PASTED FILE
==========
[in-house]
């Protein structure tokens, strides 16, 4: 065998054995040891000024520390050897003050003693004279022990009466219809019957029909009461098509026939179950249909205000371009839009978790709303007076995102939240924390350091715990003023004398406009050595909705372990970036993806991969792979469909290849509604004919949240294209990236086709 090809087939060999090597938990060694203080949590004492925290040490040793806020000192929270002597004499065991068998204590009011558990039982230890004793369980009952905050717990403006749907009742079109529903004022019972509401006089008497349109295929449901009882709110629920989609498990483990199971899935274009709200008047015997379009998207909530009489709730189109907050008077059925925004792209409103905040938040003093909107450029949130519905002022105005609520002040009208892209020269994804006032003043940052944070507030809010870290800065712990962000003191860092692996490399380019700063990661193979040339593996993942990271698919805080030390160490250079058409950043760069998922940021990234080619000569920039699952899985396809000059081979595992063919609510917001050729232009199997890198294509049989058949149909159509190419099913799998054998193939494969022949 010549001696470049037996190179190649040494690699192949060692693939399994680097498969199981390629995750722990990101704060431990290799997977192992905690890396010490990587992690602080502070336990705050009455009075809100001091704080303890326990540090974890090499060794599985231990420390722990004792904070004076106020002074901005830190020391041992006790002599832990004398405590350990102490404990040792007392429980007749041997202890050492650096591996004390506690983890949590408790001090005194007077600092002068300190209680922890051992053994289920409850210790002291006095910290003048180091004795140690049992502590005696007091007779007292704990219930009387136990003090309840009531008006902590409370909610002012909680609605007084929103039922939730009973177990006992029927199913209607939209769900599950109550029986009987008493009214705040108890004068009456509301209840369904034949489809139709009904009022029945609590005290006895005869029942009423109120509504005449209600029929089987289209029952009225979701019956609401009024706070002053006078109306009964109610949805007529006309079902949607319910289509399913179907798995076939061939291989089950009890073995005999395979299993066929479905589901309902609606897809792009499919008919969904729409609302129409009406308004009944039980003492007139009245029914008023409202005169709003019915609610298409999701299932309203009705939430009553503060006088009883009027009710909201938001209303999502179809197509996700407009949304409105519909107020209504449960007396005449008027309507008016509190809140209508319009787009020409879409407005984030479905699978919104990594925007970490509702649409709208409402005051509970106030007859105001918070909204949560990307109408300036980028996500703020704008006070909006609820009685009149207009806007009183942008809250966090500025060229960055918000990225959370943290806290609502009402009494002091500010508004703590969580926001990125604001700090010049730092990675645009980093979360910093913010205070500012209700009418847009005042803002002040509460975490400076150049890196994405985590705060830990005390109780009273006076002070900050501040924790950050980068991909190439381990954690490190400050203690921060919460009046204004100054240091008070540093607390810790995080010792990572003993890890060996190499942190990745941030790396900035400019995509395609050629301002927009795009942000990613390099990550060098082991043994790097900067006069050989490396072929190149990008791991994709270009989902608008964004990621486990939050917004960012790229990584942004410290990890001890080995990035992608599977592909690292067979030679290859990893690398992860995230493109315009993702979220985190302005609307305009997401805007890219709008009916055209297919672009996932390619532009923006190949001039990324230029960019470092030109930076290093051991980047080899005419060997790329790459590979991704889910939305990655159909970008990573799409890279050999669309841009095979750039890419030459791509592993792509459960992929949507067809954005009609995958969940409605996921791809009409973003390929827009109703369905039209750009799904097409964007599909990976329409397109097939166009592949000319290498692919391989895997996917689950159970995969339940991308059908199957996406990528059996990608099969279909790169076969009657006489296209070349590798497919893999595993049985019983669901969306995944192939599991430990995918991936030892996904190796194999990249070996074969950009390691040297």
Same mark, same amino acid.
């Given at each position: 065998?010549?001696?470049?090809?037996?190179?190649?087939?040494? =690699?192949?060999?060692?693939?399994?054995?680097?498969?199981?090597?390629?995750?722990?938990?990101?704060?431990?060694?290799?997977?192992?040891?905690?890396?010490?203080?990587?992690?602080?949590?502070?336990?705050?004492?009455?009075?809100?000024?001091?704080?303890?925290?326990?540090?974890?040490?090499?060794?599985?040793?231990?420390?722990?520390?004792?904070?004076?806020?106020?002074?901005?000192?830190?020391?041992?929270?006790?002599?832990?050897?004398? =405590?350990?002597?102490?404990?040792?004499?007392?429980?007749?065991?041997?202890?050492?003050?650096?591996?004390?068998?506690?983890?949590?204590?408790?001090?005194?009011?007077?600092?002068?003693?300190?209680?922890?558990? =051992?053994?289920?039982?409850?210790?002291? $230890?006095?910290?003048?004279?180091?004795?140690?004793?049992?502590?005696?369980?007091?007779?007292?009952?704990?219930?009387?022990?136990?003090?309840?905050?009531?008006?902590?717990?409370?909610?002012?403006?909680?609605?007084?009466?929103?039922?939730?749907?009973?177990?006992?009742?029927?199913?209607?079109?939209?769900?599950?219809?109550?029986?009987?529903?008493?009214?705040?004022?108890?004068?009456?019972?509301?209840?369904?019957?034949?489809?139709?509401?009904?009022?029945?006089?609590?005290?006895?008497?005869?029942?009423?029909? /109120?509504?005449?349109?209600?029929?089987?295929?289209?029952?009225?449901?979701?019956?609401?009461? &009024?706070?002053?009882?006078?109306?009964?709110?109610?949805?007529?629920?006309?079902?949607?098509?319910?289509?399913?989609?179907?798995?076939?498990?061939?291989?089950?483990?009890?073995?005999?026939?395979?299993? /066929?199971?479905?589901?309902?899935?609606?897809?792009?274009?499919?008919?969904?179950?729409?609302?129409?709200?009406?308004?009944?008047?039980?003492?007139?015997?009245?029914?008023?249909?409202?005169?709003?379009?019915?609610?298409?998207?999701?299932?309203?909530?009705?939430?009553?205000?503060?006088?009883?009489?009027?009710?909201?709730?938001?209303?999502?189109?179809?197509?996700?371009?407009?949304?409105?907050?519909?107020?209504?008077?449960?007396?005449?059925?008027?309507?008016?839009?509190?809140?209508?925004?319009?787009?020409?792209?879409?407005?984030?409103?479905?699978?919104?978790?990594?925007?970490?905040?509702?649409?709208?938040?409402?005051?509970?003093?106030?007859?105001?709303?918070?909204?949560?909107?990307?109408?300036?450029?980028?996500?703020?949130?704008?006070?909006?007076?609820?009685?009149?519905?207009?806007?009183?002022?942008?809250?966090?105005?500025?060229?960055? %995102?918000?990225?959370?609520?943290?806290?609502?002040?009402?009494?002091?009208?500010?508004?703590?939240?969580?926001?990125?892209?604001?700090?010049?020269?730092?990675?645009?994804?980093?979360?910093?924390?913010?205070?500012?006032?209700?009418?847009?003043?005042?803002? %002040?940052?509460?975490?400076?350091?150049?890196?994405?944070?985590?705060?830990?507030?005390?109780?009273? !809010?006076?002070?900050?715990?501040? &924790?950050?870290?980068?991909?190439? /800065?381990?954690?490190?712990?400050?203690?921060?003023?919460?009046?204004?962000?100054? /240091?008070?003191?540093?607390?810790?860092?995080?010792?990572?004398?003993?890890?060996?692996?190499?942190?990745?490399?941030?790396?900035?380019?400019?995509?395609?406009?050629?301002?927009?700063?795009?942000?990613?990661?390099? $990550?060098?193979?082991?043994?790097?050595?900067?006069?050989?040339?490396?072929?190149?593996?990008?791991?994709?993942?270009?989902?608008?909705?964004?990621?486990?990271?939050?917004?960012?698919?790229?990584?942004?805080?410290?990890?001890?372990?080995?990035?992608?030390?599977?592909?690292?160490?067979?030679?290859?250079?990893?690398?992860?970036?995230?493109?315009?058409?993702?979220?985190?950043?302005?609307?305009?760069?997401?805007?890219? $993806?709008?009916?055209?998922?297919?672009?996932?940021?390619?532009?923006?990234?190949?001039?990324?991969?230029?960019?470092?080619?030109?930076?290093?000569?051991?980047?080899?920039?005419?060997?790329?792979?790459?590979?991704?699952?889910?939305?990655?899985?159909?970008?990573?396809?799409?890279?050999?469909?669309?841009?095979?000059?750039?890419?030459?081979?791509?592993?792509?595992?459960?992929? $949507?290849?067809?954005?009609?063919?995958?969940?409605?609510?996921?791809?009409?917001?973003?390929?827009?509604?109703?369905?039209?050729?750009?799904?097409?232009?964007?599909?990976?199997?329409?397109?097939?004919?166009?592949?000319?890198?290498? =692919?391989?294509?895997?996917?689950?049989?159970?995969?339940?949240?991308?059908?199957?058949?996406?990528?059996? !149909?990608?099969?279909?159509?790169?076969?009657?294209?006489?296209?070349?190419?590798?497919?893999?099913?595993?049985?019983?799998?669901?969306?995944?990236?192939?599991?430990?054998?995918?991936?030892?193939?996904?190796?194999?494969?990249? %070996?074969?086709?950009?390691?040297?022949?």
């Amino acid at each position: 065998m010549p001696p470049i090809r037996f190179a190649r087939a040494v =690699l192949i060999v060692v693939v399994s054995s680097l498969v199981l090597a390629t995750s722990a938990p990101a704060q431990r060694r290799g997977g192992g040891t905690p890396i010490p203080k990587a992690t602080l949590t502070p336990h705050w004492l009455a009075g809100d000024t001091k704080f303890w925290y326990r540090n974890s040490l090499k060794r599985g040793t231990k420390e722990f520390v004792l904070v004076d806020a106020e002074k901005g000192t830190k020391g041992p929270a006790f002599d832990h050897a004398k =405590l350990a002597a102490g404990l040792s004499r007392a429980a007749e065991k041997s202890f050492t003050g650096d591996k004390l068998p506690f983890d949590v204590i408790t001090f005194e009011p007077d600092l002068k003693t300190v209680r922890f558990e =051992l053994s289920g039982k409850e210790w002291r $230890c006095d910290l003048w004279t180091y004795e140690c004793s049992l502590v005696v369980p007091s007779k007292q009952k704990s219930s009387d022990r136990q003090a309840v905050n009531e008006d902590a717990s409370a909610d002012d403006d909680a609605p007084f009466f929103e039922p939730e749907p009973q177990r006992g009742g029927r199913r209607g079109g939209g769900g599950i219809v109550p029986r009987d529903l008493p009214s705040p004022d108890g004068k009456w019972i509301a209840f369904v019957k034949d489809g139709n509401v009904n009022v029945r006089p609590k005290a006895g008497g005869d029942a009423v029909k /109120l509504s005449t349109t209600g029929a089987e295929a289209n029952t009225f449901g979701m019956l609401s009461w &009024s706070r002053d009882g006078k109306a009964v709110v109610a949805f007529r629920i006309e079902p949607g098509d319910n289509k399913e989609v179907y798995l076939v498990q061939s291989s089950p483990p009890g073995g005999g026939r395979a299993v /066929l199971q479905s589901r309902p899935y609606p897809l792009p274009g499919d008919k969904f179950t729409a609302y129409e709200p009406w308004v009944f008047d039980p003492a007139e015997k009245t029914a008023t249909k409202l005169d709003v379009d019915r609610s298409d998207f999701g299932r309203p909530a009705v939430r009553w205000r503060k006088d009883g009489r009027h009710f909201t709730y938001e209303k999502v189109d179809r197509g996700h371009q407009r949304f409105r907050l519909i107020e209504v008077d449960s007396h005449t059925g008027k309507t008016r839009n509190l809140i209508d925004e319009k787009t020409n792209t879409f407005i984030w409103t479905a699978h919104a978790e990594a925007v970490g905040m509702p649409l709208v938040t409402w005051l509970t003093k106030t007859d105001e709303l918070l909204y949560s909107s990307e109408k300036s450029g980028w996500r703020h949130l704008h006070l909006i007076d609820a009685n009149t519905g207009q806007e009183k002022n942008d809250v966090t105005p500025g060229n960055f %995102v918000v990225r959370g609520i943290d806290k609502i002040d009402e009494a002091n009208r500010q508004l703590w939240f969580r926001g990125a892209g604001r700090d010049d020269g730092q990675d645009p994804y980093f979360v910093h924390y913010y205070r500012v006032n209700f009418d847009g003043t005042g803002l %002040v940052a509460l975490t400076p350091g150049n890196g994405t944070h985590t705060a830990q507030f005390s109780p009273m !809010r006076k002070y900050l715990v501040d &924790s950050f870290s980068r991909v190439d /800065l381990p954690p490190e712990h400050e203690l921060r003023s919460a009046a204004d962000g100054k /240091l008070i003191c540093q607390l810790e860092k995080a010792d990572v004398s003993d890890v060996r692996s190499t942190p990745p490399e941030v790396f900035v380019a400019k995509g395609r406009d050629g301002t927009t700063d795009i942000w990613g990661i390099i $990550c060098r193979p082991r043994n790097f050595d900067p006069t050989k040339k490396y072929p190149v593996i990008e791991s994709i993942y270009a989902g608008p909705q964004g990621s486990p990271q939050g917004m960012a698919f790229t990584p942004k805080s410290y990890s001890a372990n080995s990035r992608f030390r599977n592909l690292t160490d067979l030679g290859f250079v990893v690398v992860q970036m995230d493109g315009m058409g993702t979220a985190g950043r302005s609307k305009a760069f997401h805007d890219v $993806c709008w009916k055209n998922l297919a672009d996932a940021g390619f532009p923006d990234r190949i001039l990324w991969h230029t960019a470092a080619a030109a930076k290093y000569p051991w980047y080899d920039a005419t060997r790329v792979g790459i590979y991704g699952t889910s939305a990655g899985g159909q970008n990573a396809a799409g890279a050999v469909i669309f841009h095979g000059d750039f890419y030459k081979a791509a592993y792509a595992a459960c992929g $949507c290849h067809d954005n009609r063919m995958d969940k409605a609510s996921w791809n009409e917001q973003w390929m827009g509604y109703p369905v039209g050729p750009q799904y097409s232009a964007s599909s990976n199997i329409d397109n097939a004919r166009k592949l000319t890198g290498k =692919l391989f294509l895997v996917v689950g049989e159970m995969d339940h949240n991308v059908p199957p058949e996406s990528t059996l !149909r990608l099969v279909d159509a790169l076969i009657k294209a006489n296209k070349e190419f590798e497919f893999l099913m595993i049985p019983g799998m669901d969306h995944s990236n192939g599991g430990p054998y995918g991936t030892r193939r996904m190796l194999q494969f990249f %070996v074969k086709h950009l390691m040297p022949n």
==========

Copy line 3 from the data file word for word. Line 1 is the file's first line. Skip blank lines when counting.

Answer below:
Same mark, same amino acid.